13 November 2008

Animals in War

Sorry to those of you waiting for the next instalment of my story, but I had to post this one now for it to be relevant to the time of year, but will resume my story in the next post.... Promise!

Much has been said in the last few weeks about the 90th anniversary of the end of the First World War. With Remembrance Sunday and Armistice Day having just passed, it has been impossible not to notice the abundance of poppies commemorating the deaths of much loved young men who perished in wars over the last hundred years. My own two grandfathers, I might add on opposing sides in World War One , were lucky to survive yet bore their injuries for the rest of their life. My English grandfather, fighting at Ypres, the Somme and Paschendale, lost an eye and had severe shrapnel injuries to his leg, when a bomb exploded, killing his artillery horse. My German grandfather, also on the Western Front, was wounded in the leg and was awarded the German Iron Cross for his bravery. That was before Hitler kicked him out of Germany in 1939 (see my post of 16 October). When my mother met my father and they began to plan their wedding, my two grandfathers met for the first time and joked (in gallows-style humour), " I bet you're the one who shot me!!"

But it is not about the men and women who sacrificed their lives or endured pain during the world wars that I want to write about today. Last week when I was in Central London for my medical, I took a bus down Park Lane - a street I don't visit very often. I was surprised to see a memorial in the central reservation of the road that I had not seen before. It was already getting dark and I was on the wrong side of the bus, but the illuminated memorial caught my eye. Unfortunately, I could not see what it was all about.

I investigated it on the internet when I got home and discovered that it is a memorial dedicated to all the animals that served and died alongside British and allied forces in wars and campaigns throughout time. One of the inscriptions simply reads "They had no choice". When you think about it, war is terrifying enough for mankind, but to animals who understand nothing of the politics and simply have no choice but to participate in loud, frightening situations, it must be a thousand times worse. You have only to think of how animals respond to thunder or fireworks to appreciate their terror.

The Animals in War Memorial is located at Brook Gate, Park Lane, on the edge of London’s Hyde Park and was designed by leading English sculptor, David Backhouse. It was apparently unveiled on 24 November 2004 by the Princess Royal.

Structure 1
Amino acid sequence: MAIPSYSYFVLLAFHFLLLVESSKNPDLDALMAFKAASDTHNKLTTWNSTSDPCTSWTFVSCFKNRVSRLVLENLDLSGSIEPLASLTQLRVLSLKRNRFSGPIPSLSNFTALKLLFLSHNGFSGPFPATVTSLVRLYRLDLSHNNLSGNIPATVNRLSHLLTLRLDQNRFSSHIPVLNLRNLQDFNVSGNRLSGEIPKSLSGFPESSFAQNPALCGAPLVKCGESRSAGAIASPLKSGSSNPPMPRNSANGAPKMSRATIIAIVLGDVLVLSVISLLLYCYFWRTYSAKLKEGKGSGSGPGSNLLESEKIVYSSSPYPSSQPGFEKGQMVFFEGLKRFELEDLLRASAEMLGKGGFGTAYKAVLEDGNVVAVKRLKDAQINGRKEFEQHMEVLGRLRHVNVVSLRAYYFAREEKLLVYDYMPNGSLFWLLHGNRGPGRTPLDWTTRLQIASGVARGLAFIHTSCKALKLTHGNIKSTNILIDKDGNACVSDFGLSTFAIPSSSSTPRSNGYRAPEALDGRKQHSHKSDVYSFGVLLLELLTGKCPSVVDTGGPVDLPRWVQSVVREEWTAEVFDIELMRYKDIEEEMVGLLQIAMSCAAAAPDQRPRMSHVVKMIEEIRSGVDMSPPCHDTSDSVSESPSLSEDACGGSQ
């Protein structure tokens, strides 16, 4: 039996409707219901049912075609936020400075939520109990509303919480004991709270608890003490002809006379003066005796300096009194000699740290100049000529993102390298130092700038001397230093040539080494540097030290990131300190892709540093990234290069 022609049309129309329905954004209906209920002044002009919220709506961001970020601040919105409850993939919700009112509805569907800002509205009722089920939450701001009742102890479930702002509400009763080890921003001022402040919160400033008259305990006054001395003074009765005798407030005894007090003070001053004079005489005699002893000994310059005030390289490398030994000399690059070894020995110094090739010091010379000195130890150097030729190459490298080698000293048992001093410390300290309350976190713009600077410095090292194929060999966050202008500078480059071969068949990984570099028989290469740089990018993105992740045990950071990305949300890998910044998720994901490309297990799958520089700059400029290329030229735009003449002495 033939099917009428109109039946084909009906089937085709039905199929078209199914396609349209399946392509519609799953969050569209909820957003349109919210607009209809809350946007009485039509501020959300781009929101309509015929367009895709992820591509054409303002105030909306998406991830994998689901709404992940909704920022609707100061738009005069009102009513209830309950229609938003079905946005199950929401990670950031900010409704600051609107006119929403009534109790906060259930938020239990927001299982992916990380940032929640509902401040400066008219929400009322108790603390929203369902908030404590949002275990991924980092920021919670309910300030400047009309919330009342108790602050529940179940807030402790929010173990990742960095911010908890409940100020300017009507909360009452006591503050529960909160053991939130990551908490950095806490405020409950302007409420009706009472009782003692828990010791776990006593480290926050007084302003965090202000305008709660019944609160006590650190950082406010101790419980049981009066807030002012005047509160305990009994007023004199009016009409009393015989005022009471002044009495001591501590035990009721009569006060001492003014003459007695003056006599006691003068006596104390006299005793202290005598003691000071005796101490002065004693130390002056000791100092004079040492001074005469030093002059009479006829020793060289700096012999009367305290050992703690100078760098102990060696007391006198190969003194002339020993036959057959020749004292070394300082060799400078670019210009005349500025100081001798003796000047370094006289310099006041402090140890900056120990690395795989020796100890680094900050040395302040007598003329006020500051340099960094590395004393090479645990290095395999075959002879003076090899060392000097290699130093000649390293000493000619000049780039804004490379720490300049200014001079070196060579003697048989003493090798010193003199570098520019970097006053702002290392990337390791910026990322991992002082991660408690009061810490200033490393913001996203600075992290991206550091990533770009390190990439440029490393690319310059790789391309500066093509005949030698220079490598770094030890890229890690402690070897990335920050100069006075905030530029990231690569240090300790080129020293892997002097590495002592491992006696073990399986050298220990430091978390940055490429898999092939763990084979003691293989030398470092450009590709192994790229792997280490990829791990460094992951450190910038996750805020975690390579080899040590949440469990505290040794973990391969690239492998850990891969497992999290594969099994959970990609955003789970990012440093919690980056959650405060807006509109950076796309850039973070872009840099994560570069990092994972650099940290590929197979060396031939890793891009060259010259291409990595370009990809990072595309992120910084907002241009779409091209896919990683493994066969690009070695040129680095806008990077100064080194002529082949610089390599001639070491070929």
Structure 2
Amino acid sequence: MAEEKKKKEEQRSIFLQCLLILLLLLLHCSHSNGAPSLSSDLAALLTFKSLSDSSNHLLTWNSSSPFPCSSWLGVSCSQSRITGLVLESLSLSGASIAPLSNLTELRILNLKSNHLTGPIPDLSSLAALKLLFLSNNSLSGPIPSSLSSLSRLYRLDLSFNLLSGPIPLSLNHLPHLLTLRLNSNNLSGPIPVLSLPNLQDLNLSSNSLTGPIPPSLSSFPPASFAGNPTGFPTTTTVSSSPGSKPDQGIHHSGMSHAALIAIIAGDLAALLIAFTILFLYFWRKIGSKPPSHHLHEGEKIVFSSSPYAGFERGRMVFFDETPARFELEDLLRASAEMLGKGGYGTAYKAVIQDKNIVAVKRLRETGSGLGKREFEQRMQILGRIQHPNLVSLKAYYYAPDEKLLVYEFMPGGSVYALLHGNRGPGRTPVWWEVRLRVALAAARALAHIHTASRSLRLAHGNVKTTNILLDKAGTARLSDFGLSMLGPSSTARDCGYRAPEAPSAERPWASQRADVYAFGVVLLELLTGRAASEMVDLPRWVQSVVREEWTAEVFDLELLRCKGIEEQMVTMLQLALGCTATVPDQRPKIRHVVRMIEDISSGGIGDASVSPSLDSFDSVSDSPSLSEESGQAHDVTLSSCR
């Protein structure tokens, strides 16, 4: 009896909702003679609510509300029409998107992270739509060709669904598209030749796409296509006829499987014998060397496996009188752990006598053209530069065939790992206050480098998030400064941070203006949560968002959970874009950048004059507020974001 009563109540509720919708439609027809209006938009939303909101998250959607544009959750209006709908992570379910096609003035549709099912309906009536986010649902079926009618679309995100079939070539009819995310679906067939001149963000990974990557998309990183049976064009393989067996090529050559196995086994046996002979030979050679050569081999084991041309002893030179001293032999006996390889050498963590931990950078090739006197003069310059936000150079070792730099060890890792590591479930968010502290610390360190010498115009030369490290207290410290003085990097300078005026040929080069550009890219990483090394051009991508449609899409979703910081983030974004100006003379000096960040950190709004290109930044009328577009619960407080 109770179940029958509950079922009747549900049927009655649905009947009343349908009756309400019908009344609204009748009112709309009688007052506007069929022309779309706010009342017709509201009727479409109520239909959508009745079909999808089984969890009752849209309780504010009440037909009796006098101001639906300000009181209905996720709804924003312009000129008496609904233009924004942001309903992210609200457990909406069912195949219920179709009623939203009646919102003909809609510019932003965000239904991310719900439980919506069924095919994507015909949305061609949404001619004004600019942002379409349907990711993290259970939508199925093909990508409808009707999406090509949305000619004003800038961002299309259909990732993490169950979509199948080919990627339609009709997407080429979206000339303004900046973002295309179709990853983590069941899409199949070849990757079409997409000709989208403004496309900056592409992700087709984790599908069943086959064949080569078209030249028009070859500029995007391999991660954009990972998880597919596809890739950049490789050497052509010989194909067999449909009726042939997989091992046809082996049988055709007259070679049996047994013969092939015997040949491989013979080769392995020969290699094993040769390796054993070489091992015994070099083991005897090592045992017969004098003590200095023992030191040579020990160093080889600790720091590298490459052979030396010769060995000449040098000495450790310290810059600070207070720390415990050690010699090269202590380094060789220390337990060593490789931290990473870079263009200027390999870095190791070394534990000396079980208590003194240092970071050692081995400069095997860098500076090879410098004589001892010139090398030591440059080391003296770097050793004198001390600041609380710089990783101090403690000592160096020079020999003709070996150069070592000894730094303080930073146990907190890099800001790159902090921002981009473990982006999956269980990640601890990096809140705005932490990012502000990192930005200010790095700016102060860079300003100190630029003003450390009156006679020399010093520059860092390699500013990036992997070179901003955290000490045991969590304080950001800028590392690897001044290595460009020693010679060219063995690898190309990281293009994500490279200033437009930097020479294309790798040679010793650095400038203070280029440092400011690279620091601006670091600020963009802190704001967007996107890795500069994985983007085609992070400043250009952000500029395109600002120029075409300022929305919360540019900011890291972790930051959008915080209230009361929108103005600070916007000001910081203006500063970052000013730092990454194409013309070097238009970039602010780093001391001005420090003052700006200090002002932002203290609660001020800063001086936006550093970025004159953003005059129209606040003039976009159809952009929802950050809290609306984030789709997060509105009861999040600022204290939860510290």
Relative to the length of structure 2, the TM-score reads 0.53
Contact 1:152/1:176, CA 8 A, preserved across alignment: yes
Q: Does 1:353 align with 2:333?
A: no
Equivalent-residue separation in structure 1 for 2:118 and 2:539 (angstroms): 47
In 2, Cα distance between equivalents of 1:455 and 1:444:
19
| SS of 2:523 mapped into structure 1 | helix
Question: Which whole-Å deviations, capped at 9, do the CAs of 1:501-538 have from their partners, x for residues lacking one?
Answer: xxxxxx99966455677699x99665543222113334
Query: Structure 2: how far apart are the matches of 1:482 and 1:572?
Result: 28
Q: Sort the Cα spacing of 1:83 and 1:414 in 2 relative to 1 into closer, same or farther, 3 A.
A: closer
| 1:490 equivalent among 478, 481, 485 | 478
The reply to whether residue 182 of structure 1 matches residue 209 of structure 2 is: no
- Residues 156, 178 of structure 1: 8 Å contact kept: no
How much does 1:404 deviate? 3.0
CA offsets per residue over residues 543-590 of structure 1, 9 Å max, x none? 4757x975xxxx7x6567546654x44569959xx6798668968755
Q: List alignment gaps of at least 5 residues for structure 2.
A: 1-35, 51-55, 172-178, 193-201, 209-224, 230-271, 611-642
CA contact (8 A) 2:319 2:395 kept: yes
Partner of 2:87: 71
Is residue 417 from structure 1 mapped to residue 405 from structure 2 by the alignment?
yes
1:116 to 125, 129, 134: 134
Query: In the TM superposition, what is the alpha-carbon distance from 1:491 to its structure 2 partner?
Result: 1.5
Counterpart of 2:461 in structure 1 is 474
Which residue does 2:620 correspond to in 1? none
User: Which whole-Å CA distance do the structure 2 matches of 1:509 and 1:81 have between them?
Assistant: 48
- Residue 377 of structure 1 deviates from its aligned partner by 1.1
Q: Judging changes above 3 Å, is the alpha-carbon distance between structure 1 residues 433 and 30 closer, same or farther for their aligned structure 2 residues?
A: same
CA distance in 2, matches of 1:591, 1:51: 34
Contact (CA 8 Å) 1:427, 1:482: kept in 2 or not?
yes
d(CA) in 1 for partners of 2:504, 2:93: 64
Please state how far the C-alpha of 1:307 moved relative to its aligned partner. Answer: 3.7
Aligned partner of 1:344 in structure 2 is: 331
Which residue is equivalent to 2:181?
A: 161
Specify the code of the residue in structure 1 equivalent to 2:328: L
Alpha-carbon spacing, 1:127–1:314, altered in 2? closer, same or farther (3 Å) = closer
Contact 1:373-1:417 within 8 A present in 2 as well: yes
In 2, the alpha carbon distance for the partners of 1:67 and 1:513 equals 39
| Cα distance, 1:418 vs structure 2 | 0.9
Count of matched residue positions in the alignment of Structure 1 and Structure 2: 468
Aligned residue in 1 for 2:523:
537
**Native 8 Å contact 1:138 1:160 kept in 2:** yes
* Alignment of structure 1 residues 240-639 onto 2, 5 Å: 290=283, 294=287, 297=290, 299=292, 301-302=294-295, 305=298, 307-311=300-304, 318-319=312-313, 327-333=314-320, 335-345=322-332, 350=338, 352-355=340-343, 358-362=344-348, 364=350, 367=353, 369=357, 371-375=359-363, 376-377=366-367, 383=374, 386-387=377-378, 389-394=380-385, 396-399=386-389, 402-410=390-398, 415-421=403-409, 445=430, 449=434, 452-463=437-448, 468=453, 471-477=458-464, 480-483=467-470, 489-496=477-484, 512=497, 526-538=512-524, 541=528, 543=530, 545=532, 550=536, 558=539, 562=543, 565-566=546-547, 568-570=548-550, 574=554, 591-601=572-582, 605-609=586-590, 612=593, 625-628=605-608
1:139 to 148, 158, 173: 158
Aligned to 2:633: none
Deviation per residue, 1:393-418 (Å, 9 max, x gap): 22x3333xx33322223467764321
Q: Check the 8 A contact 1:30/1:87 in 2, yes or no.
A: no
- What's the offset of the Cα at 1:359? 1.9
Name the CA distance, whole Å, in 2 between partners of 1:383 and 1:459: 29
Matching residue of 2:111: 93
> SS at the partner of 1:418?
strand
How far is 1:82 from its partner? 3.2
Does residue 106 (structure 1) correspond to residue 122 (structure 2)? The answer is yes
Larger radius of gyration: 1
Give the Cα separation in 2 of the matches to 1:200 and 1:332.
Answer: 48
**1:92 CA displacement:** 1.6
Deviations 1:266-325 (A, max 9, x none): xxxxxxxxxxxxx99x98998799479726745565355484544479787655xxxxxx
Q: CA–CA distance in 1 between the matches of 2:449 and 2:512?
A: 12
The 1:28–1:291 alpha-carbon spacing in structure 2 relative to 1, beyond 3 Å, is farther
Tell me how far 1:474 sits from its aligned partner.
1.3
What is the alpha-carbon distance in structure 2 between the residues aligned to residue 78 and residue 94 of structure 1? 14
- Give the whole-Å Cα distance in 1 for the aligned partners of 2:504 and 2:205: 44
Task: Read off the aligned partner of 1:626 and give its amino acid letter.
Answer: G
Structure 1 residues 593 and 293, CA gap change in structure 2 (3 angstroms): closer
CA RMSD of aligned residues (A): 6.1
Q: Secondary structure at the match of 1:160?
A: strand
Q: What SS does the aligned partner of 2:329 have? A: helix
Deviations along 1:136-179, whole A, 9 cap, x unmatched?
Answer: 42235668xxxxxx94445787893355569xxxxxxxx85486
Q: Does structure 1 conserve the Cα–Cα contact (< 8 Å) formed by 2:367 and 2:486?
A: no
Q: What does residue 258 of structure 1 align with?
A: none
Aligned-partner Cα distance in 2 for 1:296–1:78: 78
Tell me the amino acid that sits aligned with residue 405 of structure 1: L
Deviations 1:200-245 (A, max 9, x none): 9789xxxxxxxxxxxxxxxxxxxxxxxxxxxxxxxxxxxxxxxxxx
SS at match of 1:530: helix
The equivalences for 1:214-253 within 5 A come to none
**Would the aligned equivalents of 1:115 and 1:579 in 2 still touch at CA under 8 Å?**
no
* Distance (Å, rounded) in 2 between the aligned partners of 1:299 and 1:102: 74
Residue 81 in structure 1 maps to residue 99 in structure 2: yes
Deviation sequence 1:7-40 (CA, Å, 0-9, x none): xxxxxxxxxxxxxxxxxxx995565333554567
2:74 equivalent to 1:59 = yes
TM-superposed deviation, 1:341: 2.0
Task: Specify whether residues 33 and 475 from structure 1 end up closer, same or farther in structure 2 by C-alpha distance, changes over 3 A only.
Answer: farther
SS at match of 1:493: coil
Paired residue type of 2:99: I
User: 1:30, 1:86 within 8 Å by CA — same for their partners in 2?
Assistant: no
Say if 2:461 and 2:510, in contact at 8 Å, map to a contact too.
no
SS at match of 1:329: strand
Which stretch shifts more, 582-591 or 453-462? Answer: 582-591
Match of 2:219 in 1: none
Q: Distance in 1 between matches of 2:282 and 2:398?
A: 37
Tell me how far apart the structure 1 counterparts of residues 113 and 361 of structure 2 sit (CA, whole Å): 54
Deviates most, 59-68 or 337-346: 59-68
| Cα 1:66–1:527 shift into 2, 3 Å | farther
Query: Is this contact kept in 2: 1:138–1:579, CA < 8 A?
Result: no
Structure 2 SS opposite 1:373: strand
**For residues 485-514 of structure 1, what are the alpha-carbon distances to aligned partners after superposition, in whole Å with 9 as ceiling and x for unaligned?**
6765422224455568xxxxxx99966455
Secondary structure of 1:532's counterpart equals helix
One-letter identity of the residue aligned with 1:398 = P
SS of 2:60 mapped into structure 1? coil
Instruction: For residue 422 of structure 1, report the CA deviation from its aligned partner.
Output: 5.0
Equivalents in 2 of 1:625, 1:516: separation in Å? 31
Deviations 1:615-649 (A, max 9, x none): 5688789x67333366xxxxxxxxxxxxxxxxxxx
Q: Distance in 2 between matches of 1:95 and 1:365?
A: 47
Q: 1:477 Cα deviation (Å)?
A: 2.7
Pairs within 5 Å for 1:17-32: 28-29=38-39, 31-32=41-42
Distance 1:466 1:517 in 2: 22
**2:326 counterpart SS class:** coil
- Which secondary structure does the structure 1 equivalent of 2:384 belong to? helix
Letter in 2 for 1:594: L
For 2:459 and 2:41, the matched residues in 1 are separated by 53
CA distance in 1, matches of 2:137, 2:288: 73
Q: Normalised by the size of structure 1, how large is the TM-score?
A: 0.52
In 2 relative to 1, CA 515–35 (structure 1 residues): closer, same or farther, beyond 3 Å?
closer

http://www.backhousesculptures.com/images/animals_in-war1.jpg
picture 1

Picture 1 (above) shows the north side of the monument with a horse and a dog.
Picture 2 (below) shows the south side of the monument with two heavily-laden mules.


http://www.gardenvisit.com/assets/madge/animals_in_war1/original/animals_in_war1_original.jpg
picture 2

I could probably do no better than to refer you to Wikipedia and the memorial website. Both have much more information and lovely pictures of the monument.

15 comments:

Retiredandcrazy said...

It's very sad isn't it? I seem to remember that there is a dog cemetary near Marble Arch too? Or am I havering again?

rosiero said...

Now you've taught me something! I didn't know about that either. Makes me wonder just how much I know about this city I have lived in for fifty odd years. Here is a piece about it from another blog. http://timeoutinlondon.blogspot.com/2007/12/952-take-tour-round-pet-cemetery-in.html

aims said...

Of course this has brought tears tears and more tears.

Animals follow us faithfully - yet how often are we unfaithful to them? To put them in the line of danger is unforgiveable - but necessary I suppose in the minds of the evil men who dream up war.

May their be a special special place for these wonderful creatures at the Rainbow Bridge.

Fat, frumpy and fifty... said...

lovely thanks for posting on this..

as l've only been to london about 3 times since we moved north in '96..l've missed this completely...as I used to work there and so was there regularly...
fascinating.. and worthy

Flowerpot said...

poor dear animals. Mine hate fireworks so the thought of war - oh no...

Crystal Jigsaw said...

I think to remember the animals in a lovely thought. We often forget about the pain they endured.

Thank you so much for the really lovely comment you left on my blog.

CJ xx

Strawberry Jam Anne said...

How lovely that the faithful and loving animals have their own memorial. Quite right too. I can't bear to think of how they must have suffered.

A x

Hadriana's Treasures said...

There is a Michael Morpurgo book called "War Horse" which talks about similar themes. They are putting it on at the National Theatre next year. I read about how he wrote the story and I find it sad and fascinating.

Ladybird World Mother said...

I had absolutely no idea that there was such a place. Will go and see it the next time I am up in London. Poor animals. Bewildered beyond belief I should imagine.

Ham said...

For completeness, you might like my photo http://londondailyphoto.blogspot.com/2006/01/animal-vc-because-they-had-no-choice.html and the PDSA pets cemetery http://londondailyphoto.blogspot.com/2007/10/theme-day-cemeteries.html

rosiero said...

Hadriana - I had not heard of that book. Kay used to read a lot of Michael Morpurgo. Will have to see if I can get it.

rosiero said...

Ham - thanks for your links.

Elaine said...

This was so sad. I had no idea....

Strawberry Jam Anne said...

Hi Rosiero - me again. Just to let you know I have tagged you! All revealed on my blog.

A x

Strawberry Jam Anne said...

Hi Rosiero - I know I have only just tagged you, but now there is an award for you at my place. Would love you to have it.

A x